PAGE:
All of these observations, I hope, incline readers to judge with caution the exact time indicated as the "Release date" of the cables, on the Wikileaks sites. I will attempt to find out if the exact publication date of the 09HARARE1004 batch of cables can be verified and corroborated by independent and checkable sources. Until then, I leave readers with the statement from a contact, which I posted in Update 3 on my first post on this issue. This statement confirms the release time of the torrent in which the batch of cables containing 09HARARE1004 was released, and the datestamp appears to be reliable and independently verifiable. Nevertheless, it has to be noted, that this does not necessarily give us any insight into the time at which the cables might have been uploaded to the Wikileaks website, information which I hope will be forthcoming soon:

I can confirm that the 09HARARE1004 cable was released in a torrent (which I still have) time-stamped 8 December 2010 22.31 UTC (while the Guardian's article is time-stamped 8 December 2010 21.30 GMT (aka UTC)... [T]he torrent was named "cablegate-201012082231.7z". If you [search for] it, it still can be found some places.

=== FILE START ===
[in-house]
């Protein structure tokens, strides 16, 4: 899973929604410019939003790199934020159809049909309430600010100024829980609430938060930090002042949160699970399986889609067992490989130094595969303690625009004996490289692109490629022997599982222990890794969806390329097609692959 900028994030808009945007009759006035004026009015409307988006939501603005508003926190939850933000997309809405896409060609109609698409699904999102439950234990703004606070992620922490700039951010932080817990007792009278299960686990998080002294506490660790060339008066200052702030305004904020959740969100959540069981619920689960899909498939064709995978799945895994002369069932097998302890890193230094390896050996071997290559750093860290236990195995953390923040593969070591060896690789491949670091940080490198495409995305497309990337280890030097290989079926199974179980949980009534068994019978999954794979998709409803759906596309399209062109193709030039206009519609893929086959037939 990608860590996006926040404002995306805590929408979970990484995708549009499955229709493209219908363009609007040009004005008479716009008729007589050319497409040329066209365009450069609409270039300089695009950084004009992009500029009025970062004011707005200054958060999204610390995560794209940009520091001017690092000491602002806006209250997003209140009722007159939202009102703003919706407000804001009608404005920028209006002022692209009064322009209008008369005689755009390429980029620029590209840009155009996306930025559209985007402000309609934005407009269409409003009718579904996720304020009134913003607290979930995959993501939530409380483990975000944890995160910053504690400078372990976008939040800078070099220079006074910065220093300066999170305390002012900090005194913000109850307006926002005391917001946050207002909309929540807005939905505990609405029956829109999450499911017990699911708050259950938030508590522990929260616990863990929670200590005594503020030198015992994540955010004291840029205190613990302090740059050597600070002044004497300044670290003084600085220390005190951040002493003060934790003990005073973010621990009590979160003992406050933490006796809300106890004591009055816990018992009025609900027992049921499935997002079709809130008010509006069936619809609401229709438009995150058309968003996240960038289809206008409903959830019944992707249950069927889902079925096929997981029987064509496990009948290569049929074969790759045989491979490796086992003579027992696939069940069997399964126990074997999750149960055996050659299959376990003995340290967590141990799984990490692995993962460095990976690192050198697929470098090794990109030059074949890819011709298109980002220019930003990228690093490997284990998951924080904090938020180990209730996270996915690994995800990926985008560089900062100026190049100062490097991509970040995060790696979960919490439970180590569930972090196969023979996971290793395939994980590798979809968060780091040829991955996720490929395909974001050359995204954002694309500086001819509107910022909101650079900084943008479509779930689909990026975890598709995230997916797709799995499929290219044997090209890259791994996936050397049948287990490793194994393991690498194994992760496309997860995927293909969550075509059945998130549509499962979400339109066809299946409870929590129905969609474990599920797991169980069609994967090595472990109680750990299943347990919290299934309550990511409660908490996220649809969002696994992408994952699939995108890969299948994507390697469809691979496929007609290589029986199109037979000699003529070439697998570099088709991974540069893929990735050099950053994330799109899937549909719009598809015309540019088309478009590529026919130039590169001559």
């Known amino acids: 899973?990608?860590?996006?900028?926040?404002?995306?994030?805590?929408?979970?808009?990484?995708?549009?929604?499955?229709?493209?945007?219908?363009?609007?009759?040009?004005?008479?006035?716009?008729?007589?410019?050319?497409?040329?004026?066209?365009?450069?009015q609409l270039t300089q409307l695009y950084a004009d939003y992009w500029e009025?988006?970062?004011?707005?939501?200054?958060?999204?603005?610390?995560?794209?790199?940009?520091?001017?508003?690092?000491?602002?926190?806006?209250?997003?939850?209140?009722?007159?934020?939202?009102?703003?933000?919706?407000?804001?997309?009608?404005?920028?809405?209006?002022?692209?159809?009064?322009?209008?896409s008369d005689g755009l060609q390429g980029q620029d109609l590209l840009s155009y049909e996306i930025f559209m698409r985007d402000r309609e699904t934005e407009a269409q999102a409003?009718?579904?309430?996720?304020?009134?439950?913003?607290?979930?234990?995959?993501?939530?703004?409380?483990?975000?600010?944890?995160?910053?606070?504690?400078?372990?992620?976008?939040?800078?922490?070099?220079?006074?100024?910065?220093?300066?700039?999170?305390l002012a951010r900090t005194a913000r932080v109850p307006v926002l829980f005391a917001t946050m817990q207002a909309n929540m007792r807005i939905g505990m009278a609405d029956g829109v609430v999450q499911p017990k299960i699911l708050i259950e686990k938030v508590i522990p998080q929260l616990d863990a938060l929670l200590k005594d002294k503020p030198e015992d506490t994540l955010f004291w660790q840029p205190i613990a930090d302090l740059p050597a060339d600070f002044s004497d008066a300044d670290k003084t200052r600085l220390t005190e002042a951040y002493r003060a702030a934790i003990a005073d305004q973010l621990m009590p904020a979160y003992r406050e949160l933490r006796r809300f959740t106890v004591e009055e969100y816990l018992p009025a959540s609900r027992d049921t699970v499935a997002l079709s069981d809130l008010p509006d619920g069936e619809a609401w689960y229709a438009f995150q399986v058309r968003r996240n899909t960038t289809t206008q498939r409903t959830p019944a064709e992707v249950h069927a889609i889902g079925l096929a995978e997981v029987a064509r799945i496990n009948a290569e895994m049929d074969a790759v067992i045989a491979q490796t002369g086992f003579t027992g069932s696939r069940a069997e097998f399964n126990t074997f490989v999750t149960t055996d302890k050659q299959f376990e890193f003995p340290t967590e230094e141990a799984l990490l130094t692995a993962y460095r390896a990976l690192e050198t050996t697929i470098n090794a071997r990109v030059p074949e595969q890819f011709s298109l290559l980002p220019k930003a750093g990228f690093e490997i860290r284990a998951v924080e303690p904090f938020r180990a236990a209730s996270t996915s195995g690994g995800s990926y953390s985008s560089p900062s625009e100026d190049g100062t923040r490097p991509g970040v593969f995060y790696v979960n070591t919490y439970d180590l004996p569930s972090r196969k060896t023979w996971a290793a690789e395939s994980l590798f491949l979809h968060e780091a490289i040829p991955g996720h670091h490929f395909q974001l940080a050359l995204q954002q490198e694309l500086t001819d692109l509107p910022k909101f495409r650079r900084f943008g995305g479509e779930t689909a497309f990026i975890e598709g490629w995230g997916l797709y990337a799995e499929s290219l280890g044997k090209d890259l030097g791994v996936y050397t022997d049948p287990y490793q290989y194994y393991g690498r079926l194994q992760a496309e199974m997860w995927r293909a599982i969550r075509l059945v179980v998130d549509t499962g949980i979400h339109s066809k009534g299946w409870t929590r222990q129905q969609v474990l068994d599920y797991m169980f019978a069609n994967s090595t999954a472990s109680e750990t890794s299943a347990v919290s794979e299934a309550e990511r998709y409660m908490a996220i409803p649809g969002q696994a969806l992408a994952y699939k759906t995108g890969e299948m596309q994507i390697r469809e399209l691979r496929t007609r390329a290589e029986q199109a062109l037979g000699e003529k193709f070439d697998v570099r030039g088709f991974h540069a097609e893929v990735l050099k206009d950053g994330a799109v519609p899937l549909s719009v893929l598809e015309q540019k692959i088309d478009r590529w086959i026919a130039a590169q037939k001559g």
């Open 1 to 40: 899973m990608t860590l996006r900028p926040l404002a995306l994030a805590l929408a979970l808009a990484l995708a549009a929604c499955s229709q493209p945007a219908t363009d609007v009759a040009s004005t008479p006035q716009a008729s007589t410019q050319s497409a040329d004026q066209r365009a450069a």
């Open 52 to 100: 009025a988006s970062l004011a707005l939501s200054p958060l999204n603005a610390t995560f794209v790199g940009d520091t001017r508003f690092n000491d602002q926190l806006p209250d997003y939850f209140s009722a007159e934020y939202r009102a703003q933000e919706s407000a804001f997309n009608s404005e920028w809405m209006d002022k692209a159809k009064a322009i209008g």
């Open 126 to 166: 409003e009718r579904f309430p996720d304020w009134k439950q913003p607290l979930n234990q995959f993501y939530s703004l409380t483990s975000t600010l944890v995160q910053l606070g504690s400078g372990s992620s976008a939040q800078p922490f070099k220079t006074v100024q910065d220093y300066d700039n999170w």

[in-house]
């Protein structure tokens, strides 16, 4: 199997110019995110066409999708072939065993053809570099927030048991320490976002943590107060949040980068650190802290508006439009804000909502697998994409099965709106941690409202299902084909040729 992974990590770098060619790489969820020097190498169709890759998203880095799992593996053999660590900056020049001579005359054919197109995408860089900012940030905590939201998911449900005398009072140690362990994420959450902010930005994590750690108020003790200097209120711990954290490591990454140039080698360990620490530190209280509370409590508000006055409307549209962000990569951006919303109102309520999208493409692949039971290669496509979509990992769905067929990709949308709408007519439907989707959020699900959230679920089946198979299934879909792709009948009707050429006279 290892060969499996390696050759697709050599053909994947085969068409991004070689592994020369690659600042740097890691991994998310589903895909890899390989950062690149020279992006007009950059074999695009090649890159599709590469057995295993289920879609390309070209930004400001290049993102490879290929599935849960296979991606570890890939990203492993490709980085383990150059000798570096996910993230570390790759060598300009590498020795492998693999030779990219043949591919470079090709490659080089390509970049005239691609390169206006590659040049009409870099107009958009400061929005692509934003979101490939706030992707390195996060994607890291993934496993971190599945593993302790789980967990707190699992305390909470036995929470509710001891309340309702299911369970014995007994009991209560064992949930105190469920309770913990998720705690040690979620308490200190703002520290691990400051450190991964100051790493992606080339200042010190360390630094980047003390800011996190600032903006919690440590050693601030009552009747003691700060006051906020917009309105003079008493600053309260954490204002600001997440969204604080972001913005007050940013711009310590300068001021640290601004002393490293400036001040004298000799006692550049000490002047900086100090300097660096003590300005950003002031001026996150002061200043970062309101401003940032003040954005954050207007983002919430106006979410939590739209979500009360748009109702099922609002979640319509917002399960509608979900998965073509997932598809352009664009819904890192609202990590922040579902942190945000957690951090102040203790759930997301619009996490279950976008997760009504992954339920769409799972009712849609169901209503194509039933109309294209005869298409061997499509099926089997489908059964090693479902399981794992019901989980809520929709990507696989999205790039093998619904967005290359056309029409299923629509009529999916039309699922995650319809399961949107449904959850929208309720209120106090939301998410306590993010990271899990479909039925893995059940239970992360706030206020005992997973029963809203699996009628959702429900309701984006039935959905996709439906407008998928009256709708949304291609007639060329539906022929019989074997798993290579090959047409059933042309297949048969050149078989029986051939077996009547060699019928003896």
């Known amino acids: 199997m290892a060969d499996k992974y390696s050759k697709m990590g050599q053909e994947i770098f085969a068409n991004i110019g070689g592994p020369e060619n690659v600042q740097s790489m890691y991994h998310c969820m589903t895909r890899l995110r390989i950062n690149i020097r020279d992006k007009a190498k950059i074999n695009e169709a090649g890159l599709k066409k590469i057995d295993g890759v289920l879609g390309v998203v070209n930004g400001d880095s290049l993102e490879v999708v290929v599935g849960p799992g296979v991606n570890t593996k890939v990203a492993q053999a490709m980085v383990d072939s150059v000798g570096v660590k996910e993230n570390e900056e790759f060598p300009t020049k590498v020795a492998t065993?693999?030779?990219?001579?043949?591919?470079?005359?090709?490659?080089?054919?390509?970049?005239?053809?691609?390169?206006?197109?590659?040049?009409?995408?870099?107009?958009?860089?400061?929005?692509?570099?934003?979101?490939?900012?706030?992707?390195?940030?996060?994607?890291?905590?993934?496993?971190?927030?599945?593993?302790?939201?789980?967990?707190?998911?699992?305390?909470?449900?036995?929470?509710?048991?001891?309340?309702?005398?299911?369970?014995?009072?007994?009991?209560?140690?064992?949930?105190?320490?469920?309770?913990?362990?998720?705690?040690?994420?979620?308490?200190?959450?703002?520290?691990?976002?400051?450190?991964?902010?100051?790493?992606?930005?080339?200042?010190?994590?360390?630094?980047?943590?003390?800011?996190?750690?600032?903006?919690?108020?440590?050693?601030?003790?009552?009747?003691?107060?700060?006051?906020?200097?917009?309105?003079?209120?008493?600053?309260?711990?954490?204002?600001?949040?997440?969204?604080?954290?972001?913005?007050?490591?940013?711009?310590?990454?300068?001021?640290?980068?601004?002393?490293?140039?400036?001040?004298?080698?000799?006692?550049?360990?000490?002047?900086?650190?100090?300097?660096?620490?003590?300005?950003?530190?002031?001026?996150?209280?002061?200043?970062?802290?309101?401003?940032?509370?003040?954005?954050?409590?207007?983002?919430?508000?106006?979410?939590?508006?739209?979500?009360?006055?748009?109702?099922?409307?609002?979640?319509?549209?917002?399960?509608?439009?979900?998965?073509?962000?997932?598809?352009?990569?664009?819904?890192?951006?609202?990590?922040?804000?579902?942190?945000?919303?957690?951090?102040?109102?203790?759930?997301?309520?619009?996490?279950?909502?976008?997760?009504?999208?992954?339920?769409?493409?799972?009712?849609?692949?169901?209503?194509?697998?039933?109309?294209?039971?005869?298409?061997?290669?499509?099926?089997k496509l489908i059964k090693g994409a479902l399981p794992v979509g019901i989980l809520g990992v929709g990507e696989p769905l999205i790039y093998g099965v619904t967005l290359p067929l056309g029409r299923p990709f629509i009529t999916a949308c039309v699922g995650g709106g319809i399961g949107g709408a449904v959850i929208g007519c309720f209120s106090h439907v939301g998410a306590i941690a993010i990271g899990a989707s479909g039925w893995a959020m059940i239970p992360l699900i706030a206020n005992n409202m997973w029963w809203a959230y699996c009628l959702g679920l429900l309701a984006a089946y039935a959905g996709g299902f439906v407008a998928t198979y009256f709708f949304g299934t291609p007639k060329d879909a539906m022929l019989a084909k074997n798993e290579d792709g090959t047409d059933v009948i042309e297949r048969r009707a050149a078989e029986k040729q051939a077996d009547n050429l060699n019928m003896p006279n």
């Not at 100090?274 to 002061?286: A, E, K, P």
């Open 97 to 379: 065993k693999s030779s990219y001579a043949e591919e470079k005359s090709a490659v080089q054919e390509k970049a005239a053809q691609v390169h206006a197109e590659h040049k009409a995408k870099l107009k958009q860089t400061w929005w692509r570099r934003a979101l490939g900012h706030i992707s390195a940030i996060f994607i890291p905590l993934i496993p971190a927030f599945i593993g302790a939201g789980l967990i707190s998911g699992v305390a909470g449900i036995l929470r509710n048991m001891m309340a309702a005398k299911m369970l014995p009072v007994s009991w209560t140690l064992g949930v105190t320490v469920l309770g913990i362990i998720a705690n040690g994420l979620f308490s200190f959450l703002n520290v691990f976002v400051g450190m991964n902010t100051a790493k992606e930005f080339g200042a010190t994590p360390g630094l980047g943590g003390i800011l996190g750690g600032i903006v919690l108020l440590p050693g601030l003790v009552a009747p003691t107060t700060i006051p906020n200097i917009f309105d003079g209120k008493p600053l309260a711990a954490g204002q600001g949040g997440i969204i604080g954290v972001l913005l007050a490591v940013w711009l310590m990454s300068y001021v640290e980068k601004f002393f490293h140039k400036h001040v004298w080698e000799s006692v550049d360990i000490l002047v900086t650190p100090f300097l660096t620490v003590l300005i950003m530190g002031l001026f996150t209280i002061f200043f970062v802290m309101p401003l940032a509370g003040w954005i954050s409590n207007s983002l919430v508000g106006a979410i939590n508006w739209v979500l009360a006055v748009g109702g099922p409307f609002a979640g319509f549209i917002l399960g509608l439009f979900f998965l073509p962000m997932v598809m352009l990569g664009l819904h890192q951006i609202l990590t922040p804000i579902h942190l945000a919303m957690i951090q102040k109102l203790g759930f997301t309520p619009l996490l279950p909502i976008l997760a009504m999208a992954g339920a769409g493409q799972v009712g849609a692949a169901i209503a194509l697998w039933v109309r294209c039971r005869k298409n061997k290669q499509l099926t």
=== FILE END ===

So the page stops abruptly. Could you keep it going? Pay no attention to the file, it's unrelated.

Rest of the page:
ADDENDUM: As I've already stated, I believe that in the light of David Leigh's statement on the publication arrangement between Wikileaks and the media partners to Journalisten, and reported in English by Nina Berglund, this matter is largely academic. If David Leigh accurately portrayed the publication procedure, Wikileaks role in the publication of this cable will have been automatic, upon receipt of the modified and cleared batch of cables from The Guardian. The decision to publish the 09HARARE1004 cable, and the failure to redact the content dealing with sanctions, lay with The Guardian.